Musically the album isn’t exactly innovative but it is not boring either. With the lack of Gretta the band has decide to experiment with more attempts of showing the band’s individual strengths (“guitar solos” are featured on many tracks) instead of repeating the muddy and cluttered full band approach that was found on “The Ugly Organ”. While the band did add a horn section, like I said before this new element to Cursive’s sound is used subtly and excellently which can mainly be seen in the middle of the record. On tracks like “Dorothy Dreams of Tornados” various horns are used to accent the music rather than be lost in the shuffle of the driving guitar and bass. Basically, Cursive is still the band painting their songs only now they have a few extra colors in the form of horn instruments to help assist the band in their relentless drive.

With “Happy Hollow” Cursive has once again proved they are the most interesting band on Saddle Creek and one of the most versatile bands in the indie rock scene. Without falling trap to over experimentation (Trophy Scars’ “Alphabet. Alphabets.”) Cursive has with “Happy Hollow” successfully changed their sound extremely but still created an album which rivals their best. Unlike the “evolutions” of lesser bands, Cursive proves that they are a band that can successfully genre-hop with their music yet still retain their ability to make interesting and most of all, good music.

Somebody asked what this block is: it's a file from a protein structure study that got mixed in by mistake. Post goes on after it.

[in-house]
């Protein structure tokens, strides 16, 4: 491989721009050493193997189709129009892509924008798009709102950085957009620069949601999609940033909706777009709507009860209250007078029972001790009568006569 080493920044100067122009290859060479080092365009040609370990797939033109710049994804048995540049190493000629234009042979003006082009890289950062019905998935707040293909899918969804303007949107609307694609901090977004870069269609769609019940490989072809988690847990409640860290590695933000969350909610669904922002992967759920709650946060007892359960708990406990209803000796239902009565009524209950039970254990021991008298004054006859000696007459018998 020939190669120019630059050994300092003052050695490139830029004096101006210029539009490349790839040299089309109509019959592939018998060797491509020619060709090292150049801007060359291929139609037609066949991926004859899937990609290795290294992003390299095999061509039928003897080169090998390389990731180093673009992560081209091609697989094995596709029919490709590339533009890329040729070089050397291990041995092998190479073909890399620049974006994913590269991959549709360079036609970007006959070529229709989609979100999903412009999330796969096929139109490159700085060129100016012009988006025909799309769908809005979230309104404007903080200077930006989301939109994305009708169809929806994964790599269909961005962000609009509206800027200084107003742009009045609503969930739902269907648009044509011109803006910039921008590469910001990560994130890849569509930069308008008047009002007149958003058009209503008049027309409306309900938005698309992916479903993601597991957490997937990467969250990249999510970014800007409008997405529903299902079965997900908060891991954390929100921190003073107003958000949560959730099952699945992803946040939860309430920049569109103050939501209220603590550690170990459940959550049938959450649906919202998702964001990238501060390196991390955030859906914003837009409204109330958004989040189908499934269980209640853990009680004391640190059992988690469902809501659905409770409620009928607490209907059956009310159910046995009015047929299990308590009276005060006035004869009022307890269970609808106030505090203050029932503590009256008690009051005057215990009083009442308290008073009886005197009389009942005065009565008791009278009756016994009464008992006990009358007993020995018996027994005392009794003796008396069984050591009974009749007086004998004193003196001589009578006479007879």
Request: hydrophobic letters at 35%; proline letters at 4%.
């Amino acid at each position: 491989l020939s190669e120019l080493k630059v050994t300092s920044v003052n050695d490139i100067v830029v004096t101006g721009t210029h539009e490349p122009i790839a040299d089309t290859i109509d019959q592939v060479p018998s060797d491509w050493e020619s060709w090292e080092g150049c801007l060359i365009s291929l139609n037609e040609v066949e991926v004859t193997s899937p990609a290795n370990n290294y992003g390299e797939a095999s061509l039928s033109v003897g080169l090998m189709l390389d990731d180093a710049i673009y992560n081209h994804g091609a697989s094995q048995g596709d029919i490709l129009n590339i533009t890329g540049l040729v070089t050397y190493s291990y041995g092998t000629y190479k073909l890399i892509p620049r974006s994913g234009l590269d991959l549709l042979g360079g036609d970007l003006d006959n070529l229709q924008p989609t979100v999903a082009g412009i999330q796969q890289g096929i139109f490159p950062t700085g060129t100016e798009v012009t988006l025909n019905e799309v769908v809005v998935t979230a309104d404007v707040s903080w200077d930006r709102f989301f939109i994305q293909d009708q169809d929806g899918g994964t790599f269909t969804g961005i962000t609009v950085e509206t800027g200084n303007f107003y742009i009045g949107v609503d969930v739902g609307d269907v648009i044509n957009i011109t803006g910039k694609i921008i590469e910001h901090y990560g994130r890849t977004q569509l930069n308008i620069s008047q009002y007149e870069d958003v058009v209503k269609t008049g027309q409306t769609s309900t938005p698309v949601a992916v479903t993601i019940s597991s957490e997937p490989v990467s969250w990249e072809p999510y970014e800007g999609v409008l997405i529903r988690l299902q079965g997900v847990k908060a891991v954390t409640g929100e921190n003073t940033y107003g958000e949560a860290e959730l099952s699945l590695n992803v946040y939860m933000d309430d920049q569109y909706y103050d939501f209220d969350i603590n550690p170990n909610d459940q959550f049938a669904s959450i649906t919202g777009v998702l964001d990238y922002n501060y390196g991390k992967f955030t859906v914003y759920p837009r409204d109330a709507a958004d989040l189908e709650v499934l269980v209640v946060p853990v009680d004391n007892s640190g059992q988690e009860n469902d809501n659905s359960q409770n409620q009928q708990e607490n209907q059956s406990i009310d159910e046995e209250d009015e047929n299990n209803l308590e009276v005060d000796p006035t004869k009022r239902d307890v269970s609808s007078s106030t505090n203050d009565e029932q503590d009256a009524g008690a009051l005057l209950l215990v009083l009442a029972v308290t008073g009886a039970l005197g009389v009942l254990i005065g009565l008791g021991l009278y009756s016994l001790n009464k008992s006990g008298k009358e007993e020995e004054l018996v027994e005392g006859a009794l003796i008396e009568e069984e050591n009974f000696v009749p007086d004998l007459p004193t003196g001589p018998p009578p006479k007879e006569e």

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user ratings (332)
Chart.
3.5
great
other reviews of this album
Travis Montgomery (3.5)
Instead of his usual optimism, Kasher instead reverts to a pre-teen hating the world for no reason....


Comments:Add a Comment 
pixiesfanyo
September 7th 2006


1223 Comments

Album Rating: 4.0

Finnnnnnally finished.

pulseczar
September 7th 2006


2385 Comments

Album Rating: 4.0

cool review, nig. This is my favourite album of '06 so far, even though this is basically the first Cursive album I've heard in entirety.

pixiesfanyo
September 7th 2006


1223 Comments

Album Rating: 4.0

Kayo Dot is better.



-_\\

Kyle
September 8th 2006


667 Comments

Album Rating: 3.5

This is a really excellent review, it gets my vote.



I havn't been able to give this a rating yet, but i'm thinking it will be 3.5 or a 4. Although I kinda prefer their previous efforts, i'm glad they're trying something different, and it did work quite well for the most part.

BenJammin
September 8th 2006


12 Comments

Album Rating: 3.5